It's not "plain wrong" to use cabinets having an RMS power handling lower than the amplifier's RMS output. There are extensive discussions on this topic, but it is summarized by the FACT that most professionally designed PA systems utlize a roughly 2:1 ratio of amplifier RMS power to speaker RMS power handling. The reasons for this are manyfold any are already detailed in many other threads. Cabinets often limit the power handling of the system far more than the amplifier due to their x-max limitations, but the thermal failure of drivers is common and has a very clear cause.

    To answer your other questions, yes your two 8 ohm cabinets equal a 4 ohm load when they are connected in parallel (the only way you can connect them without modifying the cabinets or your cables). They will (roughly) divide power evenly between them so as your head can produce a maximum of 350 watts RMS, each cabinet will be required to dissipate a maximum of 175 watts each.

    Should your setup be insufficient for your volume needs, you will begin to clip (overdrive, distort, etc) your Hartke head's power amplifier section. The result of this is a very unpleasant tone combined with increased power output. In basic terms, a clipped waveform of the most extreme case begins to look similar to a square wave. A square wave has twice the heating ability (power) as a pure sine wave of the same peak-to-peak voltage. In other words, your amplifier will produce more than its rated RMS power when you distort it. Additionally, due to the compression caused by the distortion, your speaker cabinets will be dissipating this power on a more continuous basis rather than only on cleanly reproduced transients. THIS is what causes thermal failure of a speaker. It is still OVERPOWERING the speaker. Please keep in mind that in most cases, this needs to be an extremely overdriven amplifier well beyond the realm of what's "tolerable" to listen to. You'd know to turn down before this was likely to occur.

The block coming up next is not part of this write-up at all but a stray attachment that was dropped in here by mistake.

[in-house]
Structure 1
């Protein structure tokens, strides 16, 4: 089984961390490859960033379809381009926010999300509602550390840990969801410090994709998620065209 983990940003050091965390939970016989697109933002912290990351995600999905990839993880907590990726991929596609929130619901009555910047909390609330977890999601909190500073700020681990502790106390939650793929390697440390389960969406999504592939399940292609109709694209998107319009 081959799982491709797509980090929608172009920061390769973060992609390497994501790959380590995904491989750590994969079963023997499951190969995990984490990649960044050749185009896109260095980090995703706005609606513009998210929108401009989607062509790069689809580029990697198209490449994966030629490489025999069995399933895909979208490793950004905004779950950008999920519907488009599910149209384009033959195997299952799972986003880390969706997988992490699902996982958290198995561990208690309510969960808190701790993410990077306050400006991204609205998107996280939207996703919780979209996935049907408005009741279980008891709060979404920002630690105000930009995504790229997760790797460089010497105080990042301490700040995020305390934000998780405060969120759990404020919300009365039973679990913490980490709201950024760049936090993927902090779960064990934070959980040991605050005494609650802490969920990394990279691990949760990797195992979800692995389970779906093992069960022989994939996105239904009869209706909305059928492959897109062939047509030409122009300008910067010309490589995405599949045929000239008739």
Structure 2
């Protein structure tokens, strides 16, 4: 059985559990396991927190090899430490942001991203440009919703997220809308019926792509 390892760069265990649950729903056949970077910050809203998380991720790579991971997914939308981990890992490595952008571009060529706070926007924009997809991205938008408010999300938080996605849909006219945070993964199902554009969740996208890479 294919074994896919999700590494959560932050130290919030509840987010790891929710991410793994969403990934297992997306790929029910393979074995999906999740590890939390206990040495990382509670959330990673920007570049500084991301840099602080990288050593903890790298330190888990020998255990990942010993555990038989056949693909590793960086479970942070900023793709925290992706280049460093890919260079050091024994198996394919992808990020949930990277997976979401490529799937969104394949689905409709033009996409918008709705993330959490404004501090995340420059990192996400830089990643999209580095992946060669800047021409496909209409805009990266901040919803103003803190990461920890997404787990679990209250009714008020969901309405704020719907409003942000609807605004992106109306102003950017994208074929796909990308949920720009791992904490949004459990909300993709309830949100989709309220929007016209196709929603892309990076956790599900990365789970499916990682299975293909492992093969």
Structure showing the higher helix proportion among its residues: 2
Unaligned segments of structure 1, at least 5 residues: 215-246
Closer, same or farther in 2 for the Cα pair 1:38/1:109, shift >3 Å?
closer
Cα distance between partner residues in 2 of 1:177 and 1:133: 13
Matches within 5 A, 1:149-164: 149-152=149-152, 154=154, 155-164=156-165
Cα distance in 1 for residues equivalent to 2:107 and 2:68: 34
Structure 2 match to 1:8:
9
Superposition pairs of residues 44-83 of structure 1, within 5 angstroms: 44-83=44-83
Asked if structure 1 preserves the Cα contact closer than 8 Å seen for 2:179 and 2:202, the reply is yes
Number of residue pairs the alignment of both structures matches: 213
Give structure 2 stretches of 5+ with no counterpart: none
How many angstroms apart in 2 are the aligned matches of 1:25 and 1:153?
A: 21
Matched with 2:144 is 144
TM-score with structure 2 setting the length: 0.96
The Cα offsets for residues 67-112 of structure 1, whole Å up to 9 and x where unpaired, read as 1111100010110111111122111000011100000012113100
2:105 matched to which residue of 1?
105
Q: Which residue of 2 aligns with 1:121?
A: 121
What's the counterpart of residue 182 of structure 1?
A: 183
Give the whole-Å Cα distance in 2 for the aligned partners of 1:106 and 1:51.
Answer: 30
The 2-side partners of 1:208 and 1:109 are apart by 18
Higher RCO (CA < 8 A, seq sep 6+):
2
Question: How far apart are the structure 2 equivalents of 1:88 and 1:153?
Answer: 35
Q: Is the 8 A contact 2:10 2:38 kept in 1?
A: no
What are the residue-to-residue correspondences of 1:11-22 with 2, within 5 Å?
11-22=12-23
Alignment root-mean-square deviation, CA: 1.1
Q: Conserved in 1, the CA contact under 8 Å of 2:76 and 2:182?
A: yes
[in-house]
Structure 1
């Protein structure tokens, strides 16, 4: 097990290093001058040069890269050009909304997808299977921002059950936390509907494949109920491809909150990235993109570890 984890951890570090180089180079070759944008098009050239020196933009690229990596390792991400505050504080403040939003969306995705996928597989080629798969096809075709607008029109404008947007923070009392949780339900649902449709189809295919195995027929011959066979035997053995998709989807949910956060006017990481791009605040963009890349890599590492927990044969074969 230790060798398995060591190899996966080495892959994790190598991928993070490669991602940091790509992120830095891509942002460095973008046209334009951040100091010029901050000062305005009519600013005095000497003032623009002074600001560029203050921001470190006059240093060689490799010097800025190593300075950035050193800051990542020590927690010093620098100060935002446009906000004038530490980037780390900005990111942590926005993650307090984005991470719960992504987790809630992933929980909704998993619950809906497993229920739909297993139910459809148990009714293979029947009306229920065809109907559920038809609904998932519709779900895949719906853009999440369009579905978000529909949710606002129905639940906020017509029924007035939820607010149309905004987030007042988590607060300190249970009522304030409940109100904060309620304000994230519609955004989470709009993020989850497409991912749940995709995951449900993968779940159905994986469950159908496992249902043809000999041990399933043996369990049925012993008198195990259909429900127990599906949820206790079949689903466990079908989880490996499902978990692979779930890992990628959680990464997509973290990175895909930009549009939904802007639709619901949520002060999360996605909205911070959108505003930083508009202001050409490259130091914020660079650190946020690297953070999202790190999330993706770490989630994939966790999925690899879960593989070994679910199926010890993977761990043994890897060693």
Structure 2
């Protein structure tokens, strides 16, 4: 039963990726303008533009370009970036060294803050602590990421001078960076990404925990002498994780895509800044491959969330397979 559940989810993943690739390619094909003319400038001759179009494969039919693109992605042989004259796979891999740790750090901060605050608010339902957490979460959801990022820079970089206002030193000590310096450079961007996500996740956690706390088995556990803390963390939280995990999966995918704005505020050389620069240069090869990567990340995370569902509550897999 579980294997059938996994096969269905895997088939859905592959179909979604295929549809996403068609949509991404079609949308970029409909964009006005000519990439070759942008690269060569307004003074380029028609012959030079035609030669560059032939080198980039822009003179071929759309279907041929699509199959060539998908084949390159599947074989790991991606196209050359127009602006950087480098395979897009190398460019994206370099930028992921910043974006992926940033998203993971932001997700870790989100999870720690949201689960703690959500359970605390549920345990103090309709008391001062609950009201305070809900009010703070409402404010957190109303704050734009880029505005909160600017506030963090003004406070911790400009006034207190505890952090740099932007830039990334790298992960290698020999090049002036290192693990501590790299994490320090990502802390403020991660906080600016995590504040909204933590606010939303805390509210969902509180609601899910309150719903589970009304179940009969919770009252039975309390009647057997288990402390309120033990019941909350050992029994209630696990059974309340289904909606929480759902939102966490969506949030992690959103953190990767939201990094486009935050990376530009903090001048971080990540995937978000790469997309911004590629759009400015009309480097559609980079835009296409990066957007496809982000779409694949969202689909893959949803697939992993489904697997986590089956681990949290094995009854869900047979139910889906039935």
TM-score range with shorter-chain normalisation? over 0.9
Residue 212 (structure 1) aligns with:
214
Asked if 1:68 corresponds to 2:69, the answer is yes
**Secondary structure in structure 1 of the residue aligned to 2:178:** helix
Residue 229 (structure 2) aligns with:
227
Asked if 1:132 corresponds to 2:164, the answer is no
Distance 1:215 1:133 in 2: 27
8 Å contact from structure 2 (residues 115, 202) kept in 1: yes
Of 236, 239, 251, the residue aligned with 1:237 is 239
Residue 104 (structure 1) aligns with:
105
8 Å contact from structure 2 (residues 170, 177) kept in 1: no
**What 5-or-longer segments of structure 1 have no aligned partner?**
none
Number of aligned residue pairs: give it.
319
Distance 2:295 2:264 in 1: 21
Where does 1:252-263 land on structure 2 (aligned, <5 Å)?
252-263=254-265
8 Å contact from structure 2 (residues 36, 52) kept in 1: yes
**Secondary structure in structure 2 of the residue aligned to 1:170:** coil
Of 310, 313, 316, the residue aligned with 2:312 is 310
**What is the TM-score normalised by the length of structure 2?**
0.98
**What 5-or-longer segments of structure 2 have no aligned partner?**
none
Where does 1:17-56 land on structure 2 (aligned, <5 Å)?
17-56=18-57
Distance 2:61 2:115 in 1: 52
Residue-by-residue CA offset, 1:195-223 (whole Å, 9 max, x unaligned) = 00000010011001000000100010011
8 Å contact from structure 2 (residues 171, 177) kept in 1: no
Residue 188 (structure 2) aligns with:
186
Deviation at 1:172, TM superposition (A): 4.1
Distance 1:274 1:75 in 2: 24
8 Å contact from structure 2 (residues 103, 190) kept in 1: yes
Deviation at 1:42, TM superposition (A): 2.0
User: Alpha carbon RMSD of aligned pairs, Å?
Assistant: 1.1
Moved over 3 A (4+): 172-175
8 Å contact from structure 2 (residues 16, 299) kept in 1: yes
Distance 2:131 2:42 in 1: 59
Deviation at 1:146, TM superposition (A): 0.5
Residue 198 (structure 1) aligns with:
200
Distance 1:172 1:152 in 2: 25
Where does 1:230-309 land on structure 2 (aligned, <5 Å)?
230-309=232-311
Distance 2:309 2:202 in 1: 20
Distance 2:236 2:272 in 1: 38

Hopefully this helps out a bit.
     
  9. Perhaps the context of my comment was misunderstood.

    What I was suggesting was that some people claim that, rather than 'underpowering' a cabinet with a power rating greater than a given amp's output power, the solution is that one should replace that "over-rated" and "mismatched" cabinet with another cabinet with a lower power rating, say 1/2 the amp's output power.

    However, given that many ported bass cabinets are already xmax excursion limited to 1/4 of their rated power at low frequencies, this would further decrease the power handling of the cabinet to a maximum of only 1/8 of the amp's output power at low frequencies, which a dangerous move in the wrong direction. Thus moving to a cabinet with a lower power rating is clearly not a reasonable solution as it only exacerbates the potential risks for driver damage from overexcursion.

    Clipping the amp and headroom are a whole other discussion....

    Read Bill Fitzmaurice's comments here:

    http://www.talkbass.com/forum/showthread.php?p=3601686#post3601686
     
  10. billfitzmaurice

    billfitzmaurice Commercial User

    Sep 15, 2004
    New Hampshire
    Owner, Bill Fitzmaurice Loudspeaker Design
    Quite right. The entire notion of matching cabinet and amplifier wattage ratings is flawed. The wattage rating of the cabinet only says how much power it was designed to accept without being damaged. How much power is required to drive it to its full undistorted output capability is a different question entirely. 10% to 50% of rated power is the range.
     
  11. dusoe

    dusoe

    Dec 10, 2006
    wow, thanks everyone, never really expected such great replies. You've definitely eased my paranoia a bit. The volume im getting out of my speakers seems to be just fine for what I need them to do. I suppose the best bet in the near future would be to purchase a new head, then upgrade the cabs. Again, thanks so much for all of your help!
     
  12. Very good points. Pardon me for taking it in the wrong context, but you're absolutely right.

    Great post.
     
  13. chad.planet

    chad.planet

    Jan 10, 2011
    Best answer I found on the thread, he's right.
     
  14. Zombie Thread..............

    Besides, we ALL KNOW that underpowering is a myth anyway - right ?